How to File a Medical Negligence Claim

It’s infuriating when you contract a service but don’t get what you pay for. You might complain to the company in question. But what about medical services? Can you file a complaint against your doctor for “bad service”? In some cases, you can. It’s called a medical negligence claim.

Lawyer jots down important notes for negligence claim.

What is Medical Negligence?

Who decides what “bad service” is when it comes to healthcare providers? Your doctors need to meet the legal definition of medical negligence if you wish to sue.

Medical negligence is when a healthcare professional fails to provide a certain standard of care to a patient. This standard is based on established norms and practices within the medical field.

To assess whether or not a doctor was negligent, their actions are compared to what another skilled practitioner would have done in similar circumstances. Take a situation where a surgeon operates on the wrong body part for example. A competent surgeon would operate on the right body part. This is an obvious breach of the duty of care. 

How Medical Negligence Becomes Malpractice

The terms “medical negligence” and “medical malpractice” are often used interchangeably. But they can have slightly different meanings depending on the jurisdiction. The distinction is often more about the legal context and the application of negligence principles to the field of medicine.

In general, medical negligence becomes medical malpractice when that negligence causes direct harm to a patient. 

The four elements of a medical malpractice claim are:

  • Duty of Care: The healthcare provider must provide a certain standard of care.
  • Breach of Duty: The provider failed to meet the standard of care.
  • Causation: The breach of duty was the direct cause of harm to the patient.
  • Damages: The patient suffered physical, emotional, or financial harm.
A close-up image of a stethoscope.

Filing a Medical Negligence Claim: What to Do First

Suing for medical negligence or malpractice is a complex process. So first of all, you need to find a qualified, experienced medical negligence lawyer.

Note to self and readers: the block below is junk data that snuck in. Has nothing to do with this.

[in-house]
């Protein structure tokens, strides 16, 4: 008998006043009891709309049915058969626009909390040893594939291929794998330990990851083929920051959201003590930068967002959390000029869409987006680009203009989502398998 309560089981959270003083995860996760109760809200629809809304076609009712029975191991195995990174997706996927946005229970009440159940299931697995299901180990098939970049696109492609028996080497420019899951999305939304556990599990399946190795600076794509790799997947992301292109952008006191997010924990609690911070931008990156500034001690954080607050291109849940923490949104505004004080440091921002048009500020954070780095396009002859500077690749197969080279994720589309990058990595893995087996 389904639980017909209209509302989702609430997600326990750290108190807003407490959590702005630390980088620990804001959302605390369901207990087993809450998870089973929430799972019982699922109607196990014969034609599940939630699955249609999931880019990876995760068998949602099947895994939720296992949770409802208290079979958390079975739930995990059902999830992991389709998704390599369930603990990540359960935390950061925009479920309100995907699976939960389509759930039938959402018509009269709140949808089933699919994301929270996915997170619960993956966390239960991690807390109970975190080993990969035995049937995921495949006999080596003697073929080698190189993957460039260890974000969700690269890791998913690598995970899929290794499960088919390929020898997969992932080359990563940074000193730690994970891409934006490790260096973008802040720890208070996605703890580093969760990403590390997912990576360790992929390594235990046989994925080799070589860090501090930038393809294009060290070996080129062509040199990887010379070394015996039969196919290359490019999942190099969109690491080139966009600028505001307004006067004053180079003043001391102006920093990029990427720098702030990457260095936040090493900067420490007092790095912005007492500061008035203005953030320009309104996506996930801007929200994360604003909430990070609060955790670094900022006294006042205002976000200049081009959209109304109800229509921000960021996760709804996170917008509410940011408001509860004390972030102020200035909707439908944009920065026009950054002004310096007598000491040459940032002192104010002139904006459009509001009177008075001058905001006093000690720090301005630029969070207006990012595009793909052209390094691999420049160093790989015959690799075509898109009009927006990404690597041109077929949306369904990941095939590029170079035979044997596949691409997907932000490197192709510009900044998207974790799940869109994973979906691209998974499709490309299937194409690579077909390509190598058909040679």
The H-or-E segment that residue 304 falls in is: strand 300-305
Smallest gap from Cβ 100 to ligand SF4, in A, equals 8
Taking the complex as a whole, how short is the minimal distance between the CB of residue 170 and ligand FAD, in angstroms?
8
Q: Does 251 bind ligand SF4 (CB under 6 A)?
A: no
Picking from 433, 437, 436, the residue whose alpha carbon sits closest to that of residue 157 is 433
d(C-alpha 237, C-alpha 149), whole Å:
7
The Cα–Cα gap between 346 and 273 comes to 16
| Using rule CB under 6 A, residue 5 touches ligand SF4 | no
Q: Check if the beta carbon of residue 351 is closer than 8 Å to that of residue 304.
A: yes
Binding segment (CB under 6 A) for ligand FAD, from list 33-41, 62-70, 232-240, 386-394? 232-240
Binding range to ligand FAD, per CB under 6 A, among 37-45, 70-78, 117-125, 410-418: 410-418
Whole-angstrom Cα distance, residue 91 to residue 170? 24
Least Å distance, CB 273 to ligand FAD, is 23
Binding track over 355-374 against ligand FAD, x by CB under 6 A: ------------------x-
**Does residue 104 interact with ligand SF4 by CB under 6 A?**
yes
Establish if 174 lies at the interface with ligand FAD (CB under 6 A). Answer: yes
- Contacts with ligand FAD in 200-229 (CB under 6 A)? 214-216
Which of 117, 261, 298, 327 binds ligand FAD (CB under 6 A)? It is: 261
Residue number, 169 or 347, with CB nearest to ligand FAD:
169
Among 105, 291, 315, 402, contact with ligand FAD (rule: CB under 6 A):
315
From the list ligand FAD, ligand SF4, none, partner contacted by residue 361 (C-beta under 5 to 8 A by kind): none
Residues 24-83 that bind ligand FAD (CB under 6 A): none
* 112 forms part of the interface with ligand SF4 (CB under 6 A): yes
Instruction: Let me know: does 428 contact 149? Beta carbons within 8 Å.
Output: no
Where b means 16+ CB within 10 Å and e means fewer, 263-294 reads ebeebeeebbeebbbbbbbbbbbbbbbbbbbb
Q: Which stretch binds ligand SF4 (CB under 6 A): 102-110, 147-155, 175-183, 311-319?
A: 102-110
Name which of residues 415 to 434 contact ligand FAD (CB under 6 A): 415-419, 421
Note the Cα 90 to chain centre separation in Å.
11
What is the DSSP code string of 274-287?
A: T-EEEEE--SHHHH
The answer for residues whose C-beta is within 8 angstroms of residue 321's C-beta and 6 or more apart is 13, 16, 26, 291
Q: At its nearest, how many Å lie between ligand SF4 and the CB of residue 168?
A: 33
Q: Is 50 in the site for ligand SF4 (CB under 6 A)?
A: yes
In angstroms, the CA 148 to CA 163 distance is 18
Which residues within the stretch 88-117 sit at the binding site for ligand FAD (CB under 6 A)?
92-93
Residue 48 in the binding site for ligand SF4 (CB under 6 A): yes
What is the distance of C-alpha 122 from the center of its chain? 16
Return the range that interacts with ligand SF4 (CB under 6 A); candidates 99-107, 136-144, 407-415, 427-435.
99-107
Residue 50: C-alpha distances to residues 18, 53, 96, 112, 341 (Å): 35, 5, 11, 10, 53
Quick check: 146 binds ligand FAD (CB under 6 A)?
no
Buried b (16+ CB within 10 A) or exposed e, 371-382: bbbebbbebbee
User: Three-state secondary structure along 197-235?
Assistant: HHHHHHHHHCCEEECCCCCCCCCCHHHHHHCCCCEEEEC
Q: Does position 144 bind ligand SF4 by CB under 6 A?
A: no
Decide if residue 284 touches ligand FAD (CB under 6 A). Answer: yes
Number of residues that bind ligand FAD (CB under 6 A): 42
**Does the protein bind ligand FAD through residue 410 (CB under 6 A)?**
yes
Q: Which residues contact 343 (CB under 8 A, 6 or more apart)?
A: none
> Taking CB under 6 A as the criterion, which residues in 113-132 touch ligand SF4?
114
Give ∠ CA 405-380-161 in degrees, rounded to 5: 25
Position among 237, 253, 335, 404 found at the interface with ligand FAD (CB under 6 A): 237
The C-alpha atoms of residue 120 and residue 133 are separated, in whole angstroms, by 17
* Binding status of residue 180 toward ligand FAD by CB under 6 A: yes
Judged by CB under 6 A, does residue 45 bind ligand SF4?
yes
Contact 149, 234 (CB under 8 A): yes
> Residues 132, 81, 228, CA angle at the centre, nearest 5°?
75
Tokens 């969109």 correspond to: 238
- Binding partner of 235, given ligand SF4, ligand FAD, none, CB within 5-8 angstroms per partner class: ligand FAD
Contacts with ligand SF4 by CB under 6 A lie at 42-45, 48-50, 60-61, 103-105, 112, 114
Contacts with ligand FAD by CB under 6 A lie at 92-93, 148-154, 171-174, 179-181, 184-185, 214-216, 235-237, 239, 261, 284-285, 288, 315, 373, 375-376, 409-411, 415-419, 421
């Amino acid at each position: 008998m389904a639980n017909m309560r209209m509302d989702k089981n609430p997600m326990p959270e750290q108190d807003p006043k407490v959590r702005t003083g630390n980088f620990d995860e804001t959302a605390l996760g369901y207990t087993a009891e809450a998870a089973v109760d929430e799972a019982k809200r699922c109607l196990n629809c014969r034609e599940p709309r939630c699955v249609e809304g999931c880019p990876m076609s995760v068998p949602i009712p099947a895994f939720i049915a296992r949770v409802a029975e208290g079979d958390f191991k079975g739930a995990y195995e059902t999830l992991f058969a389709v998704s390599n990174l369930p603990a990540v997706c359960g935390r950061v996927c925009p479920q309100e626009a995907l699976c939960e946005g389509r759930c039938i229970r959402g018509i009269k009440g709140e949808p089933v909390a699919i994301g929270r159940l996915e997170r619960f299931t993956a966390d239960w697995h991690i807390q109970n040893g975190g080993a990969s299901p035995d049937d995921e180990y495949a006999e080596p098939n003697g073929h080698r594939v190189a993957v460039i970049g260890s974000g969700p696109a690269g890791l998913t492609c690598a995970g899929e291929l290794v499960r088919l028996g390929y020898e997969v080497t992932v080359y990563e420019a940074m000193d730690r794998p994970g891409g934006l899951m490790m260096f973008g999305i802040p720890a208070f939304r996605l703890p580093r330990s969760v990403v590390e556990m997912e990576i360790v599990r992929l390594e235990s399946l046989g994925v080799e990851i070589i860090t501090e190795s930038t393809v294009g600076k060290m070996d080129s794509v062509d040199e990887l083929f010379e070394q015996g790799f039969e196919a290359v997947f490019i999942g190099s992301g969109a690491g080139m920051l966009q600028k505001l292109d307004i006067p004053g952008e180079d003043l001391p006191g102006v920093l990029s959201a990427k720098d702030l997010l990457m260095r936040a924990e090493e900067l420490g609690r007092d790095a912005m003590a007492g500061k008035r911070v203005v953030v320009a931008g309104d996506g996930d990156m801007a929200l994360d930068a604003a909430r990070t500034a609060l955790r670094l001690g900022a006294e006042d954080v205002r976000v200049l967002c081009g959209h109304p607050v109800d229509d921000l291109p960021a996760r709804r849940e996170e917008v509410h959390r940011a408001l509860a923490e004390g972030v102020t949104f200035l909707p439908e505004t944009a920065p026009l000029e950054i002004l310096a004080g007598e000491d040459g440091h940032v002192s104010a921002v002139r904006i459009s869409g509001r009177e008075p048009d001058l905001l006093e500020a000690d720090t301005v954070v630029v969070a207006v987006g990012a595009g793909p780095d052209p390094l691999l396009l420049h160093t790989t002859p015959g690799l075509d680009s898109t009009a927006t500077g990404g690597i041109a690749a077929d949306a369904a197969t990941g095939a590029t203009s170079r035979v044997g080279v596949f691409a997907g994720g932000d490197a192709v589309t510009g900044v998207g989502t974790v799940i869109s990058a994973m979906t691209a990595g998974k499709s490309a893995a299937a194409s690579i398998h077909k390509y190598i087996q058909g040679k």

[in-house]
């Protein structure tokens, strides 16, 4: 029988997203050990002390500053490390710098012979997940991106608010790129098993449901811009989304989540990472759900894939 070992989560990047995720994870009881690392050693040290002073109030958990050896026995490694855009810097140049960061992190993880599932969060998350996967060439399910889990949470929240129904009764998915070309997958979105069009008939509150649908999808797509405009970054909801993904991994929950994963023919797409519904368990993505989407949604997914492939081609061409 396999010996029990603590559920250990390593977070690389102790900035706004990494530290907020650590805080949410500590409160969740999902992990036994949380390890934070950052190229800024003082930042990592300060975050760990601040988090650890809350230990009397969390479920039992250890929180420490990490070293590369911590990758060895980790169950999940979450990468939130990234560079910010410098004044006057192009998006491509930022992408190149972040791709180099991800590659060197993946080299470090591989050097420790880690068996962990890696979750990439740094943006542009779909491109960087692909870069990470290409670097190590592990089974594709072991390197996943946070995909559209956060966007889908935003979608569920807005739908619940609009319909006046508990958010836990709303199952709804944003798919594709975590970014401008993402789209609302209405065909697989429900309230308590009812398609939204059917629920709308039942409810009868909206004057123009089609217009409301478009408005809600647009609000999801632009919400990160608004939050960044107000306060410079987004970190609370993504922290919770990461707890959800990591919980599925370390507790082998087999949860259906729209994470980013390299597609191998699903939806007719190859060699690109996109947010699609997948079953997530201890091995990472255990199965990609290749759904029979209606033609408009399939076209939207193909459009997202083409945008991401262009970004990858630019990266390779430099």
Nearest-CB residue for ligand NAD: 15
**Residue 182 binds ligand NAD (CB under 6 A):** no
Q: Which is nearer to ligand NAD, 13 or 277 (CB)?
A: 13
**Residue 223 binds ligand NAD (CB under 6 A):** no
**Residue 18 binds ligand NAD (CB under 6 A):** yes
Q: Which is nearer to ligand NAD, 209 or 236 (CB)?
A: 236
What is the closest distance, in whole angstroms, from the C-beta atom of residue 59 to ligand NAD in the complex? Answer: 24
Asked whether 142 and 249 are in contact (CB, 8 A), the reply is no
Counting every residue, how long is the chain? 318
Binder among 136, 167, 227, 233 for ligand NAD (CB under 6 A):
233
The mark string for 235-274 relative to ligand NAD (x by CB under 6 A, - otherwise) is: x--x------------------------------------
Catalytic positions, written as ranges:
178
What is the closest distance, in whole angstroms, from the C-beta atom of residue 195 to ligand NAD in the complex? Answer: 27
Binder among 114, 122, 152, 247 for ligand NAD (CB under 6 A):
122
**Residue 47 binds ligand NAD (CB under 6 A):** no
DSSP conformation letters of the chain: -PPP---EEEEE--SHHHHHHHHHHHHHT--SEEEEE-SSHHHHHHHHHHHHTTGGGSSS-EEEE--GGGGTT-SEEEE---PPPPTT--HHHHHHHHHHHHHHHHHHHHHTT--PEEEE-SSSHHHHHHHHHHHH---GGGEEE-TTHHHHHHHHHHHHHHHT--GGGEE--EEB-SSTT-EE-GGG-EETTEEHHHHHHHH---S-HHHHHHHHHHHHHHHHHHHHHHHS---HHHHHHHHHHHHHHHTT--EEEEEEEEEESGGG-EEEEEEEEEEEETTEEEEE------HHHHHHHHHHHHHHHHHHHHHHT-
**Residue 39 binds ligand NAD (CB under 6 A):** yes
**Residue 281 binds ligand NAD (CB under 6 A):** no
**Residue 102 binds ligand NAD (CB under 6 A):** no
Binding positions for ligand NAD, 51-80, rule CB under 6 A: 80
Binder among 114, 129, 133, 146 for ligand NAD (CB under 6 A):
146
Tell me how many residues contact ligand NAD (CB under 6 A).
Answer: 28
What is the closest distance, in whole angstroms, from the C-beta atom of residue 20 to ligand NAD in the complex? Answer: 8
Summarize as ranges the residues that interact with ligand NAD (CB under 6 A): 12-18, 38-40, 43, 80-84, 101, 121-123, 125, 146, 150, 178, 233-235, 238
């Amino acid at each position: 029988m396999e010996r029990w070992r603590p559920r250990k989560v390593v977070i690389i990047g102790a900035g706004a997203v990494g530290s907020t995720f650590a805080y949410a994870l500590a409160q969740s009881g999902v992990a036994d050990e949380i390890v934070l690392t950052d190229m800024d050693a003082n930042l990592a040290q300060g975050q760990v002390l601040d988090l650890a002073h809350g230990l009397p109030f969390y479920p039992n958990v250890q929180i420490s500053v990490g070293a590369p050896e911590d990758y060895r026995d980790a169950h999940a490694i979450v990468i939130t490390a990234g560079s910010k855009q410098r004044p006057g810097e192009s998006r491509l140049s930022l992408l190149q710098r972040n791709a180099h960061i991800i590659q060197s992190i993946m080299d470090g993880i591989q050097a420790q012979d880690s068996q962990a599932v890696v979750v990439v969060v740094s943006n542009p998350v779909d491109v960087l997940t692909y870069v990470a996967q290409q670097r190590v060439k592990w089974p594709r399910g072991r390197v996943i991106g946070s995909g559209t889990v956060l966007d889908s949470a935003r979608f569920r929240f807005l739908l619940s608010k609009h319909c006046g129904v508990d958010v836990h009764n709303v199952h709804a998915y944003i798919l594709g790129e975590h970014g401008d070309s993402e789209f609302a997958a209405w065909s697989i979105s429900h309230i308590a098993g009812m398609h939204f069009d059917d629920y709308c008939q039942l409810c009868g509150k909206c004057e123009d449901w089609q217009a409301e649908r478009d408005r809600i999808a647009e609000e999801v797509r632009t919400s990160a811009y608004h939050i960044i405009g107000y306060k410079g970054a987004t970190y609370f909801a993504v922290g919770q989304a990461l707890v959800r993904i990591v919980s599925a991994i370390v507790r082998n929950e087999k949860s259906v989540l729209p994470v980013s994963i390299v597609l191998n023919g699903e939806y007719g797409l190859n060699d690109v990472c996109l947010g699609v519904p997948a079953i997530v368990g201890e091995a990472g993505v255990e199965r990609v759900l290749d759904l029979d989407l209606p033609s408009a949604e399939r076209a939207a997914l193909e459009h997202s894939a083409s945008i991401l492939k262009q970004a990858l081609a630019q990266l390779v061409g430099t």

A lawyer can help you with the following:

  • Establishing whether or not you have a valid case.
  • Determining who you can sue in your medical negligence claim (nurses, doctors, hospitals, or other medical professionals)
  • Calculating your damages (such as lost wages, medical bills, and other harm you suffered)
  • Obtaining your medical records and evidence. 
  • Consult medical experts to help prove your case.
  • Negotiating a settlement or representing you in court.

How to Sue for Medical Negligence

Suing for medical negligence involves many steps. Note that the specific procedures can vary by jurisdiction. So make sure you consult a legal professional for personalized advice. 

In general, these are the basic steps involved in filing a medical negligence claim:

  1. Initial consultation with an attorney. A lawyer can evaluate the details of your case and help determine whether you have a valid claim.
  2. Review of medical records. The attorney will request and evaluate your medical records. They will look for evidence of medical negligence. They might also consult medical experts to evaluate the standard of care in your situation. 
  3. Provide a notice of intent. In some jurisdictions, you have to send your healthcare provider a heads-up that you’re about to file a medical negligence claim. This gives them the chance to respond or settle the claim.
  4. Filing the lawsuit. If no resolution is reached during the notice period, your lawyer will file your lawsuit. Your healthcare provider will receive legal documents and have a specific time period to respond.
  5. Discovery process. Both parties will exchange information and documents about your case. They may also depose witnesses. This helps each side understand the strengths and weaknesses of their case.
  6. Expert witnesses. Expert testimony is often a key aspect of suing for medical negligence or malpractice. They testify about the standard of care and whether it was breached in your case. 
  7. Negotiation and settlement. Your attorney will negotiate on your behalf. Accepting a settlement might be more beneficial to you than going to trial. Most medical negligence cases settle out of court. 
  8. Trial, Verdict, and Appeals. If a settlement isn’t reached, your case could proceed to trial. Both sides present their evidence, and a judge or jury makes a decision (verdict). After the verdict, both parties can appeal the decision. 
Image featuring Christopher King and Hartley Hampton, esteemed lawyers at Hampton and King Law Firm.

Teaming with an Experienced Law Firm

The medical negligence claim process is often long and complicated. For the best chance possible at obtaining compensation, hire a lawyer who specializes in medical negligence. 

 If you’re worried about how you’ll pay for a lawyer, let us put your fears to rest. Our medical malpractice firm represents clients on a contingency fee basis. This means we don’t get paid unless we win your case. To find out more, schedule a free consultation here.